Jim Myers helped curate the exhibit “Prescriptions for Memories,” using artifacts from his career. Wendy DiAlesandro/The Portager
At age 91, longtime Thompson’s Drug Store pharmacist Jim Myers has done what few folks can claim: Far from being a legend in his own mind, he is truly a legend in his own time.
Myers recently helped the Kent Historical Society create its newest exhibit, “Prescriptions for Memories,” using artifacts from Myers’ collection culled from his days of working at the Kent pharmacy and relying heavily on his recollections of years gone by.
For him, pharmacy work started in the 1950s when he interned at Thompson’s while completing his studies at Ohio Northern University. He graduated from pharmacy school in 1954, became a full-time pharmacist at Thompson’s, then found his career put on hold.
Instead of filling prescriptions, Myers spent two years serving his country in the U.S. Army — specifically, the 52nd Medical Battalion of the Fourth Armored Division in Fort Hood, Texas.
Somehow, he found time to marry Sally Ann Wolcott in 1955, and the pair returned to Kent in 1957. Myers returned to Thompson’s, where he rose to store manager.
The work hours were brutal. Thompson’s was open from 9 a.m. to 10 p.m. five days a week. The store closed at 8 p.m. on Saturdays, but opened right back up for “short hours” from 9 a.m. to 1 p.m. and again from 5 to 9 p.m. on Sundays.
Myers shut that down when he became manager, closing the store earlier on Sundays, running a steady 9 a.m. to 6 p.m. schedule Mondays through Saturdays and 9 a.m. to 1 p.m. Sundays and most holidays.
Before long, he became majority owner of Thompson’s Drug Store, joined by pharmacists Tom Young, Charles Parkinson, Jim Hostler, Ed Martie and Bob Lovell, Jr., in ownership of three Thomspson’s Drugs in Kent, Streetsboro and Brimfield.
This ain’t a Walgreens
Neighborhood pharmacies were important fixtures in communities because “it was a meeting place, it was a melting pot. There were a lot of times there weren’t enough physicians around, and you relied on the pharmacist for medical advice,” Myers said.
It’s not that pharmacists tried, or for that matter, still do, want to practice medicine without a license, “but I think we have enough knowledge that we can direct people to what they should be doing, and maybe that’s finding a physician, or maybe it’s take an antihistamine and call me in the morning,” he quipped.
He recalls friendly competition with nearby pharmacies, which at one point numbered five within a block of each other.
Each had its niche. Thompson’s and Carson’s filled prescriptions, Hoard’s had the local Greyhound station, Standard had a booming lunch counter, Lea focused on merchandise, and everyone had soda fountains.
“When school let out, it would just be bedlam in there,” he recalled. “They’d be shoplifting candy and things, and you think, ‘Why am I doing this?’”
The answer was profit. Thompson’s was thriving during those years, Myers said. It even established a pension that ended up being overfunded.
“The government couldn’t believe it. I mean, it was just unheard of that a little store could have a pension plan that was fully funded,” he grinned.
The end of the line
Profits dried up, though, when unions were able to add prescription coverage to their medical plans, he said. Suddenly, workers — and their families — were able to afford medications for what ailed them. However, the plans were set up in such a way that pharmacies soon found themselves drowning in red ink.
Instead of making a 40% profit on prescriptions, Myers found himself making 3%. Only major pharmacy chains survived, making up the losses by selling other merchandise.
“The profit margin set by the insurance industry is lower than any other product you can think of,” Myers said. “It’s terrible. No business can survive like that. That’s why the little stores went out of business. They don’t sit on a lot of cash or assets or wealth. Small stores just couldn’t survive.”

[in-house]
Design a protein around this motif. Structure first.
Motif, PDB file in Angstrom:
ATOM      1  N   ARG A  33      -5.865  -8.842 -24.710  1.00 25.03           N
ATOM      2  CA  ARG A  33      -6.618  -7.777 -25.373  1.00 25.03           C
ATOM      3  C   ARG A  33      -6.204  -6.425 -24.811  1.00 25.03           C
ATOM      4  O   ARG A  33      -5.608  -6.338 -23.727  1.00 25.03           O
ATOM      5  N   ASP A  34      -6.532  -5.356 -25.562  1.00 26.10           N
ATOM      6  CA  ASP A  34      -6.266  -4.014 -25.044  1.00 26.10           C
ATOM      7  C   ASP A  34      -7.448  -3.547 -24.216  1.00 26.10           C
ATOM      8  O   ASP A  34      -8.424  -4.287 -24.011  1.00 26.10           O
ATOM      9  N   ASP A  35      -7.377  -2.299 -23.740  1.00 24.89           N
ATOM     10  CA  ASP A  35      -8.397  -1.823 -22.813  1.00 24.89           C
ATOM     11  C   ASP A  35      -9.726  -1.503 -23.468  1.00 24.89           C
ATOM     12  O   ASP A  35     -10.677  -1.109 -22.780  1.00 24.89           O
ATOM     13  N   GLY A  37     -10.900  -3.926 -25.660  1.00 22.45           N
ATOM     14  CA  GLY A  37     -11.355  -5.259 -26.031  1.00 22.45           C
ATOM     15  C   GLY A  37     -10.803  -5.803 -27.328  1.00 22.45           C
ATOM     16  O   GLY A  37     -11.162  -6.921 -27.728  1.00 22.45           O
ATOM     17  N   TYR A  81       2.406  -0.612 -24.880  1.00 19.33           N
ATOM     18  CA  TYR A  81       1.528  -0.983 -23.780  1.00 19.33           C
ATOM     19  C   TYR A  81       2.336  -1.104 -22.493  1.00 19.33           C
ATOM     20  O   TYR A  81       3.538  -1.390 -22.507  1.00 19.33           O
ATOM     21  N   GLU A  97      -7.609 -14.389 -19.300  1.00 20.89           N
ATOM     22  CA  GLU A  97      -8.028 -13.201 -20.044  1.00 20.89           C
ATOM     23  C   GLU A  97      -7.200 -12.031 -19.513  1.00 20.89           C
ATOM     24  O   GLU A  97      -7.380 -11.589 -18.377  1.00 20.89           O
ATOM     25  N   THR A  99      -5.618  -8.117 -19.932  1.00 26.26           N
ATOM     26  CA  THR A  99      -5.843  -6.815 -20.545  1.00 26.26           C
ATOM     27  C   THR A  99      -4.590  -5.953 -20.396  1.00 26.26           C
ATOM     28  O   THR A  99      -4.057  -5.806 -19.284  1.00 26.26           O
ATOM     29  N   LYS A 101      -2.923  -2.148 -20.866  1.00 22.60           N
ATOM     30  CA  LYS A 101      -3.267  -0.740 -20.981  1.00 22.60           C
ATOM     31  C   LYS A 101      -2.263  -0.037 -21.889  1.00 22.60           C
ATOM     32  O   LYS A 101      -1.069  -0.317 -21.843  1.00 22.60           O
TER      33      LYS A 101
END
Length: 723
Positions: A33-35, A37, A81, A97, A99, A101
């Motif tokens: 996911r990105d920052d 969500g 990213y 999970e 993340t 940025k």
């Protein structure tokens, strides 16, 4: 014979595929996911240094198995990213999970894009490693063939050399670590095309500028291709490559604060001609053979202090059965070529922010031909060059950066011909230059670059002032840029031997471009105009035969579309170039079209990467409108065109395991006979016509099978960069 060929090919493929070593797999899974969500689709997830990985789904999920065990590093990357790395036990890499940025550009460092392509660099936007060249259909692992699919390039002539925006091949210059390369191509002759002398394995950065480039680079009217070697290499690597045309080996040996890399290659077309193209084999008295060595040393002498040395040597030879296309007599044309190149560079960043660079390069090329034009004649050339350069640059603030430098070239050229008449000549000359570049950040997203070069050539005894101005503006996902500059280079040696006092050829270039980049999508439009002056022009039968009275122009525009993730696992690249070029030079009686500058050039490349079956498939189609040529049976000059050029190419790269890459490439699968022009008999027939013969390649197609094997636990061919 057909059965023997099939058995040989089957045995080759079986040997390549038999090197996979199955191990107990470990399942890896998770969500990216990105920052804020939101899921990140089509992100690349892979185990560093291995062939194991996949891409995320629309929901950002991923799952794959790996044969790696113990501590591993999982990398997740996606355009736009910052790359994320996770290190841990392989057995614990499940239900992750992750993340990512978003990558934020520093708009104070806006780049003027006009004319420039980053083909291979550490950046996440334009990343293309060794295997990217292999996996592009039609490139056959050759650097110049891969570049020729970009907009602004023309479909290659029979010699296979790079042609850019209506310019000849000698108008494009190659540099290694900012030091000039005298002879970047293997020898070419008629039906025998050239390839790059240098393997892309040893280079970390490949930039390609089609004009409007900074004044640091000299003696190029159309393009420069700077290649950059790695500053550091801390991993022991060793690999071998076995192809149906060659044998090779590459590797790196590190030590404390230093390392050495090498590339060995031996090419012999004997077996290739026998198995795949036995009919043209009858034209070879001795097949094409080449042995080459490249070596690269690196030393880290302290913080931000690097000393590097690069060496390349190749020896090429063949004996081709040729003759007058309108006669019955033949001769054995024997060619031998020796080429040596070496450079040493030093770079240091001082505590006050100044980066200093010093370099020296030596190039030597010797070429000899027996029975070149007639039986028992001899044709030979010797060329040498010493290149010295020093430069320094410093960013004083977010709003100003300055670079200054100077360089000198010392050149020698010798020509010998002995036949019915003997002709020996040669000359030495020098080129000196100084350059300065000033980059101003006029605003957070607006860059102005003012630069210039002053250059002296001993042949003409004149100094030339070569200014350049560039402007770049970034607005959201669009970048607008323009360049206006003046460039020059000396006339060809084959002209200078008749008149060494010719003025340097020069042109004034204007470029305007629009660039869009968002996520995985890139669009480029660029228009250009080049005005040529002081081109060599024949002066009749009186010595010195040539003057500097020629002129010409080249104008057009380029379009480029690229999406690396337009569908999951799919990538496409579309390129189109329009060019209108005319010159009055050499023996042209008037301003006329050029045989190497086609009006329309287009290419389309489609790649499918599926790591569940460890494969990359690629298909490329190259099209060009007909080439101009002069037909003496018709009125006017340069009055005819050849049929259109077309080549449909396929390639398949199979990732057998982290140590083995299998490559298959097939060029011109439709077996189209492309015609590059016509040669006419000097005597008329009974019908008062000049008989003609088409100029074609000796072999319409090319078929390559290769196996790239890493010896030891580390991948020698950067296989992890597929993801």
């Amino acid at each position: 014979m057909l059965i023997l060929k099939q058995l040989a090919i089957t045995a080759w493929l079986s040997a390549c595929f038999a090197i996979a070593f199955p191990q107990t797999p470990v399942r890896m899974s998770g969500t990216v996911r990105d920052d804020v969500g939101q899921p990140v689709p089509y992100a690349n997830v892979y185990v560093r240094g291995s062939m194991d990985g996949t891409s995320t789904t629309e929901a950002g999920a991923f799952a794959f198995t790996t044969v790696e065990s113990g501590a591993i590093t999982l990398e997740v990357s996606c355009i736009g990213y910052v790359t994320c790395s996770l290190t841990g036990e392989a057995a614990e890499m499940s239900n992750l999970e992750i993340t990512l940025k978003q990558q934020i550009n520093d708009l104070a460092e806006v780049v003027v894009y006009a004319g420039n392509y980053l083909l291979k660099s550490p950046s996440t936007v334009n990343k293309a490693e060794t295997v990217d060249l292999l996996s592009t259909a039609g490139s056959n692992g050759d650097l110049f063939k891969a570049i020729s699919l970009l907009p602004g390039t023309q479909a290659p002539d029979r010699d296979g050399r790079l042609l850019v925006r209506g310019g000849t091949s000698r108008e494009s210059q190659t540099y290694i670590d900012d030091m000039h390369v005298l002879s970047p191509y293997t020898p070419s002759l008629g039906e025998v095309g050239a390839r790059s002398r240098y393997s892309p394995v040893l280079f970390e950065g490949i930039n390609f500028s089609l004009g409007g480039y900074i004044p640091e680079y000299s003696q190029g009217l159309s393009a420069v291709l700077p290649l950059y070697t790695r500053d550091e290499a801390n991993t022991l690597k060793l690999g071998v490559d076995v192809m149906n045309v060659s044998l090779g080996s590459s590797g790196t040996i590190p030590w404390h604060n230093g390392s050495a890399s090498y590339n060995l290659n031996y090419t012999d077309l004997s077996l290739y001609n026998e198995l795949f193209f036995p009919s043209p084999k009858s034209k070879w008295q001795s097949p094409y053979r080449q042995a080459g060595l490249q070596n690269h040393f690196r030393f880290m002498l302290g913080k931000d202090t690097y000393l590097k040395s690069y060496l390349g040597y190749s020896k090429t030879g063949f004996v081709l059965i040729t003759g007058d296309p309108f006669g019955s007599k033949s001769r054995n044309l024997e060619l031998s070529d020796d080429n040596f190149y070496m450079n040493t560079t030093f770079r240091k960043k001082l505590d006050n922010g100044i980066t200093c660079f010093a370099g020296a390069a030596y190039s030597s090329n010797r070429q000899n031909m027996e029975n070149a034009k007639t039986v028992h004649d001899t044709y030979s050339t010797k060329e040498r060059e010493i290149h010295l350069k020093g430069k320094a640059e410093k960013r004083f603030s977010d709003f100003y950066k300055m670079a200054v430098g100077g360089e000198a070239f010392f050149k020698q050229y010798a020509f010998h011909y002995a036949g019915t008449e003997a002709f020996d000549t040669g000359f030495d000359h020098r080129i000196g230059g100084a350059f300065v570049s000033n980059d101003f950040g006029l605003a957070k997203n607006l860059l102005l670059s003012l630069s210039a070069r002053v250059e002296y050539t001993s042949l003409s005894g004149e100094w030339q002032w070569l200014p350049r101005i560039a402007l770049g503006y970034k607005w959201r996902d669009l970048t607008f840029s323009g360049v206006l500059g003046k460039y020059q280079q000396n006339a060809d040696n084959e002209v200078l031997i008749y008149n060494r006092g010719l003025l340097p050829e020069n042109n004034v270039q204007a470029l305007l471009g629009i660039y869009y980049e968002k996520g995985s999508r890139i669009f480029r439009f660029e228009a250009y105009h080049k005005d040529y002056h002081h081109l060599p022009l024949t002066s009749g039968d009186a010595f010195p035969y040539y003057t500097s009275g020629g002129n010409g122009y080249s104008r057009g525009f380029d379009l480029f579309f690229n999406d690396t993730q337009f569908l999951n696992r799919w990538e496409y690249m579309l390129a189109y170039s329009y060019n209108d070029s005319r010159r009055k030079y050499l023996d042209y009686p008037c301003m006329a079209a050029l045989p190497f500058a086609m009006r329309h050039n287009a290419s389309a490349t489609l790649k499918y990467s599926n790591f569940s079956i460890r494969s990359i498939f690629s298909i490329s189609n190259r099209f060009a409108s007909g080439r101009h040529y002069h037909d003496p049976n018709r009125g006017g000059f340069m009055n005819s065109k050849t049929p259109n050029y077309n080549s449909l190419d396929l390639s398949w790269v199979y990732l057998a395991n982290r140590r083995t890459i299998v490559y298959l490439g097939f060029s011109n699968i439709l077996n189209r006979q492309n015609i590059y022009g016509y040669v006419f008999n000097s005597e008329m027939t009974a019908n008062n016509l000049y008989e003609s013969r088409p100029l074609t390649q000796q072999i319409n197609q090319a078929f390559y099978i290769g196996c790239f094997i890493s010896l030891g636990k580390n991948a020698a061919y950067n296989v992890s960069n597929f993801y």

Benefits managers, he said, continue to do a disservice to the insurance companies and public alike, putting pharmacies in the impossible position of having to sell prescriptions below cost. Meanwhile, he said, the manufacturers are raking it in.
By the late 1990s, neighborhood pharmacies were closing. Thompson’s, which shuttered its door on Jan. 2, 2004, was one of the last to succumb, he said.
Cast of characters
Myers still attends unofficial “Thompson’s reunions,” trading stories back and forth of memorable customers.
One, a Kent State University professor, seemed to have a germ phobia and could not bring himself to touch the doorknob. Effectively trapped in the store, he would wait until another customer entered, then shoulder the door open so he could leave.
Only later did Myers learn that the man’s brother had died of a hand infection.
Another customer had a reputation for being “difficult.” Employees would suddenly find something else to do when he walked through the door, leaving Myers on his own. An offhand comment about joint pain led to Myers suggesting what now is a common remedy.
“I was telling him about chondroitin for joint pain, that it was made from shellfish, crustaceans, shrimp and things like that, to put more cartilage back into your bones and your joints,” he said.
The man returned a few weeks later, livid because Myers had called him selfish.
“I had the hardest time. He was a little hard of hearing, too, so trying to explain to him that that’s not what I said … well, he was selfish, but that isn’t what I said to him. Yeah, that was a funny one,” he recalled.
Those were the days when customers turned to their pharmacist instead of the internet for advice.
Dangers of dealing drugs
There were dangerous times, too. One day, an employee approached Myers to tell him a man had pulled a gun and was demanding drugs. Myers took one look at the would-be weapon and recognized it as identical to the toy he had recently bought his own son. Shaking his head, Myers ordered the man out of the store.
Still, he enforced a store policy of giving any real robbers whatever they wanted if they would only leave the store. It happened at the Kent store and also at the Streetsboro location.
Then there were addicts, or people who had figured out how to score an easy high.
Paregoric is a liquid medication meant to relieve intestinal distress. Because it contains diluted alcohol and laudanum, or powdered opium, it’s now classified as a Schedule III narcotic.
But back in the day, it was an over-the-counter remedy anyone could buy. Flavored with anise oil, it tasted wonderful and was the perfect path to the legal high. Since it could only be sold one ounce at a time, though, people who had become addicted developed a strategy.